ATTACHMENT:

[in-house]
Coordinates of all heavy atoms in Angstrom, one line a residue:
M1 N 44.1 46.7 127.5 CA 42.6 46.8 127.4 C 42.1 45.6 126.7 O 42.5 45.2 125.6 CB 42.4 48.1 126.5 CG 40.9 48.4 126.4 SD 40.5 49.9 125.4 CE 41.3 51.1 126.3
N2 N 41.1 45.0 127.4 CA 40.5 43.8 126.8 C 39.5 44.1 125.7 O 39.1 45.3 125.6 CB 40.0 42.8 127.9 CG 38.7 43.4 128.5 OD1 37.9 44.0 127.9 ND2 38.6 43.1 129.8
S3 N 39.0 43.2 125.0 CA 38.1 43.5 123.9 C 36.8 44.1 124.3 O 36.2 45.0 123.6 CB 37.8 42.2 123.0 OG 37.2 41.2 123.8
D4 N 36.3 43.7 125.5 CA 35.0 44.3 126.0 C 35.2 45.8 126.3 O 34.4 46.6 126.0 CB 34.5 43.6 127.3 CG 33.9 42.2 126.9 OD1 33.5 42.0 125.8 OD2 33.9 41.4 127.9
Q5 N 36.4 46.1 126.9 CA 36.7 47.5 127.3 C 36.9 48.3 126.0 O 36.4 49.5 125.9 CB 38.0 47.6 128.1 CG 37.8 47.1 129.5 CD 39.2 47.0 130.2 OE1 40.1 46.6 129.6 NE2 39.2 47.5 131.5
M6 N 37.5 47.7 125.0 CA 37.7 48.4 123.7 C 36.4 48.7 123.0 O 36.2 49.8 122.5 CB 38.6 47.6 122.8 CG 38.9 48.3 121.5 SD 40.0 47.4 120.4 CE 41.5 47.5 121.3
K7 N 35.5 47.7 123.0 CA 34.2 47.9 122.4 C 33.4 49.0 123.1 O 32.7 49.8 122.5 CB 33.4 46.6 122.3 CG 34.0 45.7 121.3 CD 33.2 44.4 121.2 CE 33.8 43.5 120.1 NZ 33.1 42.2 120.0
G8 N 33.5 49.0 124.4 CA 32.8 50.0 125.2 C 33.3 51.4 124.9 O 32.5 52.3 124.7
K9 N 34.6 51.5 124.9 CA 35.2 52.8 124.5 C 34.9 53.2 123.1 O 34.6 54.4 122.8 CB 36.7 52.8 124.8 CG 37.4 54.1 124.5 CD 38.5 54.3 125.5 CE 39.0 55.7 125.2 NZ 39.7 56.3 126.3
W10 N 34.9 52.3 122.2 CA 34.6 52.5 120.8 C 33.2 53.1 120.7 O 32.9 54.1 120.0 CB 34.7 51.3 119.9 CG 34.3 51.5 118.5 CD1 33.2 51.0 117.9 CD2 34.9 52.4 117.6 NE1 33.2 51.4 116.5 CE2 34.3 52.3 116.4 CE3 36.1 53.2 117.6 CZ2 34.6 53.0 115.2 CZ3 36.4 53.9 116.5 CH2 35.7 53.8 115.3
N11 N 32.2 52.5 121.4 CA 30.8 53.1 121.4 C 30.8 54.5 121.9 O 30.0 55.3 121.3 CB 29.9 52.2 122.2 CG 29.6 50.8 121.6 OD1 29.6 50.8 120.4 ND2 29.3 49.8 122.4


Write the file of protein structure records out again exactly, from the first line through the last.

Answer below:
[in-house]
Coordinates of all heavy atoms in Angstrom, one line a residue:
M1 N 44.1 46.7 127.5 CA 42.6 46.8 127.4 C 42.1 45.6 126.7 O 42.5 45.2 125.6 CB 42.4 48.1 126.5 CG 40.9 48.4 126.4 SD 40.5 49.9 125.4 CE 41.3 51.1 126.3
N2 N 41.1 45.0 127.4 CA 40.5 43.8 126.8 C 39.5 44.1 125.7 O 39.1 45.3 125.6 CB 40.0 42.8 127.9 CG 38.7 43.4 128.5 OD1 37.9 44.0 127.9 ND2 38.6 43.1 129.8
S3 N 39.0 43.2 125.0 CA 38.1 43.5 123.9 C 36.8 44.1 124.3 O 36.2 45.0 123.6 CB 37.8 42.2 123.0 OG 37.2 41.2 123.8
D4 N 36.3 43.7 125.5 CA 35.0 44.3 126.0 C 35.2 45.8 126.3 O 34.4 46.6 126.0 CB 34.5 43.6 127.3 CG 33.9 42.2 126.9 OD1 33.5 42.0 125.8 OD2 33.9 41.4 127.9
Q5 N 36.4 46.1 126.9 CA 36.7 47.5 127.3 C 36.9 48.3 126.0 O 36.4 49.5 125.9 CB 38.0 47.6 128.1 CG 37.8 47.1 129.5 CD 39.2 47.0 130.2 OE1 40.1 46.6 129.6 NE2 39.2 47.5 131.5
M6 N 37.5 47.7 125.0 CA 37.7 48.4 123.7 C 36.4 48.7 123.0 O 36.2 49.8 122.5 CB 38.6 47.6 122.8 CG 38.9 48.3 121.5 SD 40.0 47.4 120.4 CE 41.5 47.5 121.3
K7 N 35.5 47.7 123.0 CA 34.2 47.9 122.4 C 33.4 49.0 123.1 O 32.7 49.8 122.5 CB 33.4 46.6 122.3 CG 34.0 45.7 121.3 CD 33.2 44.4 121.2 CE 33.8 43.5 120.1 NZ 33.1 42.2 120.0
G8 N 33.5 49.0 124.4 CA 32.8 50.0 125.2 C 33.3 51.4 124.9 O 32.5 52.3 124.7
K9 N 34.6 51.5 124.9 CA 35.2 52.8 124.5 C 34.9 53.2 123.1 O 34.6 54.4 122.8 CB 36.7 52.8 124.8 CG 37.4 54.1 124.5 CD 38.5 54.3 125.5 CE 39.0 55.7 125.2 NZ 39.7 56.3 126.3
W10 N 34.9 52.3 122.2 CA 34.6 52.5 120.8 C 33.2 53.1 120.7 O 32.9 54.1 120.0 CB 34.7 51.3 119.9 CG 34.3 51.5 118.5 CD1 33.2 51.0 117.9 CD2 34.9 52.4 117.6 NE1 33.2 51.4 116.5 CE2 34.3 52.3 116.4 CE3 36.1 53.2 117.6 CZ2 34.6 53.0 115.2 CZ3 36.4 53.9 116.5 CH2 35.7 53.8 115.3
N11 N 32.2 52.5 121.4 CA 30.8 53.1 121.4 C 30.8 54.5 121.9 O 30.0 55.3 121.3 CB 29.9 52.2 122.2 CG 29.6 50.8 121.6 OD1 29.6 50.8 120.4 ND2 29.3 49.8 122.4